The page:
Stories of sexual harassment are everywhere. If you haven’t experienced it (one in four Australian women have), you’ve probably witnessed it. You’ve no doubt thought about whether or not somebody in your own office has ‘crossed the line’.
Today, Sex Discrimination Commissioner Liz Broderick shares her sexual harassment story – explaining her own experiences as a young lawyer when persistent advancements from a client left her feeling powerless, embarrassed and questioning her career.
She’s spoken out about such experiences for the launch of the Know Where The Line Is awareness strategy, a joint initiative of the Australian Human Rights Commission, the ACTU and the ACCI.
It’s a strategy I hope will encourage more women to share their experiences with sexual harassment. Such stories offer a reminder that although women may not take action at the time, it’s never too late to reflect back on the experience, to alert others of what to look out for, and reassure young women that they do not have to put up with it.
Broderick’s story reminded me of my own experiences with sexual harassment – particularly one as a volunteer at a community radio station while still in university. Like Broderick, it’s a story that I haven’t previously shared – aside from with a couple of colleagues and close friends at the time.
Having my own radio show and sharing Australian music that I was passionate about was an exhilarating experience. It was two hours of airtime a week that I obsessed over, becoming the centerpiece and key priority of a life that was then filled with lectures, part-time work and socialising.
But it only lasted six months.
While there were a number of factors that contributed to why I gave it up, the major one was the presence of an older man on the station’s board who had significant power over how the station was run and who had been a part of its history for two decades. He was a well-respected individual who’d actually picked up a number of awards for his services to the local community.
He continually commented on my talent and was solely responsible for setting me up with my own show. Within a few months, he was making unwelcome advances – blatantly making comments such as “how about a kiss”, following me to my car, asking to take me out to dinner and at one point even stepping further than the boundaries of where harassment becomes indecent assault. After that particular incident I remember sobbing in my car all the way home, questioning if this was simply the reality of the world I was stepping into and wondering how I would explain what had just happened to my then boyfriend.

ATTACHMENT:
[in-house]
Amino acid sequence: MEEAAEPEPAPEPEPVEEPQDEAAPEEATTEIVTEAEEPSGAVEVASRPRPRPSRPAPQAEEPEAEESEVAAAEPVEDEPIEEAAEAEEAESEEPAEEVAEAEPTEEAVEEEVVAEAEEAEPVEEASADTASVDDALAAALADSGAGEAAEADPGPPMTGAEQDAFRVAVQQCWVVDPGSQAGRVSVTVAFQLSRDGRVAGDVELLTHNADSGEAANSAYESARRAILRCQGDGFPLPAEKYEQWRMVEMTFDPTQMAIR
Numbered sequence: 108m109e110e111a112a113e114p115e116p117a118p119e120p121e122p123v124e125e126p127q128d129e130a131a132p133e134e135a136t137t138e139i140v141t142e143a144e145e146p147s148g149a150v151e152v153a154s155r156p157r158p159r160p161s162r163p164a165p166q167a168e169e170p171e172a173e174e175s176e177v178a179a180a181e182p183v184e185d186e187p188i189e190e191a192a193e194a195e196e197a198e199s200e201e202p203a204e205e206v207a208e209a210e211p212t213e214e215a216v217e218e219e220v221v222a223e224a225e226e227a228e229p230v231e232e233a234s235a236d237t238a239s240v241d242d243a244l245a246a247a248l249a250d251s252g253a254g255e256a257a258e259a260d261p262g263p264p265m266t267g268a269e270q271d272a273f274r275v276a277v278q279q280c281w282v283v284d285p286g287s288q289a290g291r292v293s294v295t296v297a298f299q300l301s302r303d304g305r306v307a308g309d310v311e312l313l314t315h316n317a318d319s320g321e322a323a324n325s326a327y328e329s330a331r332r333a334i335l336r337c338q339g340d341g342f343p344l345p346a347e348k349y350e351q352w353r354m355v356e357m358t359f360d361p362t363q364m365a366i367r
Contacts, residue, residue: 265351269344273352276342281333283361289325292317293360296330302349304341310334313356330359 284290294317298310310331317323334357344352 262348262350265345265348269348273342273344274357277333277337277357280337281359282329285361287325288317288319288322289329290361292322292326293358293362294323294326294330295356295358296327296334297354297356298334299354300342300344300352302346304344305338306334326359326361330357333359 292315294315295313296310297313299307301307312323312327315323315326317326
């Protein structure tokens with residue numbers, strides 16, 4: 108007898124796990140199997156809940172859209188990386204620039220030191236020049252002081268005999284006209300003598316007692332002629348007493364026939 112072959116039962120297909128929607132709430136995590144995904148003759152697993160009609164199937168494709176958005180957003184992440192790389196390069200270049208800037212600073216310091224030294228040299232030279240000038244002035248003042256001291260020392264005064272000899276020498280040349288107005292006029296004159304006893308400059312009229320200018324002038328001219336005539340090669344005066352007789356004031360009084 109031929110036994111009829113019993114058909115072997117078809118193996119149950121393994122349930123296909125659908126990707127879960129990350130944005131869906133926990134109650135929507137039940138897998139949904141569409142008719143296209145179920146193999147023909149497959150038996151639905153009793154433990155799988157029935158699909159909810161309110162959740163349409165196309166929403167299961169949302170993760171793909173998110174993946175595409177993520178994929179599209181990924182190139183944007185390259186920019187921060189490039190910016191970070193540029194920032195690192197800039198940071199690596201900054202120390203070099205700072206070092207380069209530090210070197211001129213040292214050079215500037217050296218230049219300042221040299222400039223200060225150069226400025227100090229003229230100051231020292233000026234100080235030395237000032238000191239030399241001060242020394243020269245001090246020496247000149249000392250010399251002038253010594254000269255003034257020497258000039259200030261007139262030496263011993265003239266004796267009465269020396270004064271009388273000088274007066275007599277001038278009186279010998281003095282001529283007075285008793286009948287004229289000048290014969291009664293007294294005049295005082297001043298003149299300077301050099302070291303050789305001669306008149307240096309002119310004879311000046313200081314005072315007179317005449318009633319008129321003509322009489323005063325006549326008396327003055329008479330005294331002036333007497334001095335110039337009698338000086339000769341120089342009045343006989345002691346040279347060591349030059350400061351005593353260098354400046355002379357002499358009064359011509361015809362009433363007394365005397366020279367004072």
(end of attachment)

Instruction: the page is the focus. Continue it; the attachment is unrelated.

With very little experience in the working world, and absolutely none in community radio or media at that time, part of me thought this was to be expected. It may well have been a reflection of my confidence at the time, and my desperation for some kind of break in what is a notoriously difficult industry. Perhaps I just need to toughen up. Perhaps it was merely a matter of practice: deal with the creepy men in your volunteer and interning positions so you’re prepared for the realities of paid positions later on.
I eventually brought in a male friend from university to co-host the show, and this swiftly saw the unwanted advances stop.
However, my strategic move also saw a new form of abuse commence. My sexual harasser turned into my biggest critic, suddenly deciding that he disliked the sound of my voice and the quality of my show. At one point he even made a formal complaint about a song put to air that he considered offensive (it was playing on major commercial radio stations at the time).
I gave up it up, deciding to pursue other avenues of work experience and other forms of media. It turned me off the career in radio and saw me question just what women could expect to experience no matter what career she pursued. What’s also disappointing is that it turned me off volunteering for community organisations altogether.
A couple of months after officially quitting the station I received a phone call out of the blue from another young woman who started as a volunteer the same day as me. She too had been sexually harassed by this particular individual and wanted to ask if I’d experienced anything similar. For a fleeting moment we both shared a significant bond. We’d been made to feel ashamed, afraid, guilty and powerless by the same man. We made a decision to tell another long-term older male volunteer at the station about what we’d experienced who told us ‘this isn’t the first time I’ve heard complaints about him’. He talked us out of making a formal complaint. On reflection, I believe he too felt powerless.
I didn’t take it any further. I was embarrassed by the fact my gender had possibly contributed to me getting the show in the first place and that I may have somehow enabled the harassment to continue. It was easier to walk away than to deal with it head-on.
And besides, who was I – a 19-year-old university student with no experience in radio – to question the credibility of a married family man with a prominent standing in the community? Who was I to disrupt the history of a successful community radio station by claiming one of its lead actors was actually continually and systematically sexually harassing young women, and possibly worse?
That’s how I felt at the time. Now, more than ten years later, I can ask: who was I to believe that such harassment was tolerable, and that this man’s stellar reputation shouldn’t be tarnished by his personal actions?
Who was I NOT to share that story?
While I appreciate not everybody wants to discuss such stories – and that many, many women have experienced workplace situations that are far worse – I hope more of us can start sharing these experiences.